Expansion of port will create more employment – Minister
With the bulk handling jetty, six mobile harbour cranes and additional new tugboats and a security patrol boat, additional hands would be needed, he added.
The Deputy Minister said with the reconstruction of access road to the Ghana Ports and Harbour Authority (GPHA), the youth especially would be gainfully employed.
Mr Titus-Glover was addressing participants of the Sixth Maritime Seminar for journalists in Accra organised jointly by the Ghana Shippers’ Authority (GSA) and the Ghana Journalists’ Association (GJA), on the theme “Contemporary Trends and Developments in Ghana’s Shipping Industry”.
He said Ghana was positioning itself to become the best maritime hub for trade in the sub-region with port expansion as well as other policy interventions such as; the Paperless Port System to make the Takoradi and Tema Ports more competitive.
Mr Titus-Glover said, the development would also reduce cost of doing business, improve customer satisfaction and increase revenue.
Mr Emmanuel Arku, Head of Research, Monitoring and Evaluation Department, of the Authority has stated that incurring penalties otherwise known as demurrage, on imported goods as a result of delays could be avoided by shippers to save their businesses.
Demurrage, he explained, came in the form of container and land demurrages and the point whereby shippers paid rent on both their containers and land till they were cleared was a huge disadvantage to their capital.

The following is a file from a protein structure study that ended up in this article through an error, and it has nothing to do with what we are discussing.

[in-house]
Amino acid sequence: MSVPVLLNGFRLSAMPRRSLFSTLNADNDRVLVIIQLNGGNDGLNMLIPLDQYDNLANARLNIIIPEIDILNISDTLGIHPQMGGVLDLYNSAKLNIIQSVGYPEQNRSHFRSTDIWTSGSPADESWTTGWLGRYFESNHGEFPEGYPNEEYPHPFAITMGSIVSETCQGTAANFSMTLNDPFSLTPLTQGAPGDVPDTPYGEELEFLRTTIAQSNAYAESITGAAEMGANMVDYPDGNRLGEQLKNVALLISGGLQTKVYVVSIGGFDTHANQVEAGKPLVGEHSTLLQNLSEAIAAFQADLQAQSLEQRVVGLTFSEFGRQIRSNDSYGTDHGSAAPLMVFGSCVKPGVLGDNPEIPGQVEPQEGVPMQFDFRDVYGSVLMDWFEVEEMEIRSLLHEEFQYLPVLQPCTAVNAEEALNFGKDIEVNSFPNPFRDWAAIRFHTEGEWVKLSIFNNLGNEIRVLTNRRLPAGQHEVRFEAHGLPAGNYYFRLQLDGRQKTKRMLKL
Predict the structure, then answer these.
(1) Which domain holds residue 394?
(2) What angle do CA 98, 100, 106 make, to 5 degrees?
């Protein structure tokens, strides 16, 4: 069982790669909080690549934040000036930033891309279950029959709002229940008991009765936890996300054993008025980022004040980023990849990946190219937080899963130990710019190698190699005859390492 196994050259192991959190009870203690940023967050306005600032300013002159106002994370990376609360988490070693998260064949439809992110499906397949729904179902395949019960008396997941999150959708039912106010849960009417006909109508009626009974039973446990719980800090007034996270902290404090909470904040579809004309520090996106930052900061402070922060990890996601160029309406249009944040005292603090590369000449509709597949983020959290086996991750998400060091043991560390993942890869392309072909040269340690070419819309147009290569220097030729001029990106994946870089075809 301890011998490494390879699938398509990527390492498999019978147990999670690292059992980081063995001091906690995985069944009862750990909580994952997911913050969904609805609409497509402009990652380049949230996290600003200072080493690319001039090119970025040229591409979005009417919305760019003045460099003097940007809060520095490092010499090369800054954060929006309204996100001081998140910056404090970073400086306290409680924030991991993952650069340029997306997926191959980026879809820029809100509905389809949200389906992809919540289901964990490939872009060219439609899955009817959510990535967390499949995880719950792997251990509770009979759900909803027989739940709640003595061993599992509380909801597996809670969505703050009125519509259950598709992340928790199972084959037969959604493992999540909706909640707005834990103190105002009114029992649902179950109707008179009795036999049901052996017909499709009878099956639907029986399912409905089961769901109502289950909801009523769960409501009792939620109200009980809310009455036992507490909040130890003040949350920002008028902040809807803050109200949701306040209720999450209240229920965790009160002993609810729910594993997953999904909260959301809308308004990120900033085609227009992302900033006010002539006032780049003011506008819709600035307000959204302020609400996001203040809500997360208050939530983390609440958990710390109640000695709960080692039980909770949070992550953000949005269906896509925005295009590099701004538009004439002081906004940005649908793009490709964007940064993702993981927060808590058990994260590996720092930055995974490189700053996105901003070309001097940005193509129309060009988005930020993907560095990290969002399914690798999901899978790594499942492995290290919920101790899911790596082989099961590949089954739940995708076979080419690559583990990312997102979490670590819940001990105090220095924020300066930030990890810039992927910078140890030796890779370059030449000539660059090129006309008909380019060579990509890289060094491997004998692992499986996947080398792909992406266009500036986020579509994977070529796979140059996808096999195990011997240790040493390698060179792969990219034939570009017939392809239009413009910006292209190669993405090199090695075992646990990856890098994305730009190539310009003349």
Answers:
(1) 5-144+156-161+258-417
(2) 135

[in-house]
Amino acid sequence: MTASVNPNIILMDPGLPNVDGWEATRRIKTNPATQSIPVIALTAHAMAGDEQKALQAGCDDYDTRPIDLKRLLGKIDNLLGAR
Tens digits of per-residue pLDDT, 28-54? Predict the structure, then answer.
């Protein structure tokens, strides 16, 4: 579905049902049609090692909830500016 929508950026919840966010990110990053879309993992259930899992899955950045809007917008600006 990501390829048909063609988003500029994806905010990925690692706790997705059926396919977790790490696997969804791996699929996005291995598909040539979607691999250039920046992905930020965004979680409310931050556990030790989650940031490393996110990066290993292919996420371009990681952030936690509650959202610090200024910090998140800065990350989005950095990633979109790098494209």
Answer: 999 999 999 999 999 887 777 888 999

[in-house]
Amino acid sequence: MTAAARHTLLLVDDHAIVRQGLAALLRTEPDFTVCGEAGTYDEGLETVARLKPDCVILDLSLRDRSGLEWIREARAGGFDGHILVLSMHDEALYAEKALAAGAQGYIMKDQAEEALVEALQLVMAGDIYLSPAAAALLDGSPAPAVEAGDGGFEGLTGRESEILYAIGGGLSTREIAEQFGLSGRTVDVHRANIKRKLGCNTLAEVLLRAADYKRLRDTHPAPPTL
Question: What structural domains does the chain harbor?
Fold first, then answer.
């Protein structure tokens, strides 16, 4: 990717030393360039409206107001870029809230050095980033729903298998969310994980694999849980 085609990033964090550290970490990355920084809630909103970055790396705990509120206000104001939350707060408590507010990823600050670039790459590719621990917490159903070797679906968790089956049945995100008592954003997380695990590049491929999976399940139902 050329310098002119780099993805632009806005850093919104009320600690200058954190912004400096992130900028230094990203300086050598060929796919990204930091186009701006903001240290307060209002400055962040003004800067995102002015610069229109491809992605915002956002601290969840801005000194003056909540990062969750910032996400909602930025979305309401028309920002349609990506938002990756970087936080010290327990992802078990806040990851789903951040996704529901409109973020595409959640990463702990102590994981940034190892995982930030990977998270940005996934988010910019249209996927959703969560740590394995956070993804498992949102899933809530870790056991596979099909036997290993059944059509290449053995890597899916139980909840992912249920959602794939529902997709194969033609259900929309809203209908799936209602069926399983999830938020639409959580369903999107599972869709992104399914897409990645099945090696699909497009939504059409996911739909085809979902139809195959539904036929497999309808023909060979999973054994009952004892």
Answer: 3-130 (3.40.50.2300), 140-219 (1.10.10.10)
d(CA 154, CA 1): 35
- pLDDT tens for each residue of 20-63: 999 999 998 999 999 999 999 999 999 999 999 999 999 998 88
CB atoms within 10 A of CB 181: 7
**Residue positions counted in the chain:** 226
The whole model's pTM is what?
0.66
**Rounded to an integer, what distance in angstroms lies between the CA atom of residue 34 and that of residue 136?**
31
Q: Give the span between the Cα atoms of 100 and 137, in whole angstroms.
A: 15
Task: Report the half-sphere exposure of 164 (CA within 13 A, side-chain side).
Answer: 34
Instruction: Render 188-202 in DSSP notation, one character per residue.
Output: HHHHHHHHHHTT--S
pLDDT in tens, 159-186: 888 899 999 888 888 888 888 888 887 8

Mr Arku explained that demurrage did not only affect the individual importers but also the nation as a whole, citing that it reduced their profit, affected value of imports and increased cost of living in the country as Ghana’s foreign exchange dwindled.
He disclosed that in 2016 and 2017 Shippers in Ghana respectively paid $95 million and $76 million, as container demurrage as compared to $28 million, this year between January and June.
He emphasised that all the funds were lost by the Country as Ghana did not own even a shipping company.
On the other hand, he said Shippers in Ghana paid GH¢43 million and GH¢49 million, for 2016 and 2017, respectively, as rent on lands as compared to GH¢20 million, this year between January and June.
Mr Arku gave some of the causes of demurrage as; bureaucratic nature of operation lines, unprofessional conduct of some clearing agents, difficulties in locating containers at the terminals, among others.
He therefore advised shippers to start clearance procedures early, secure licences and permits before cargo arrival, submit genuine documents and get ready funds for clearance to avoid the payments.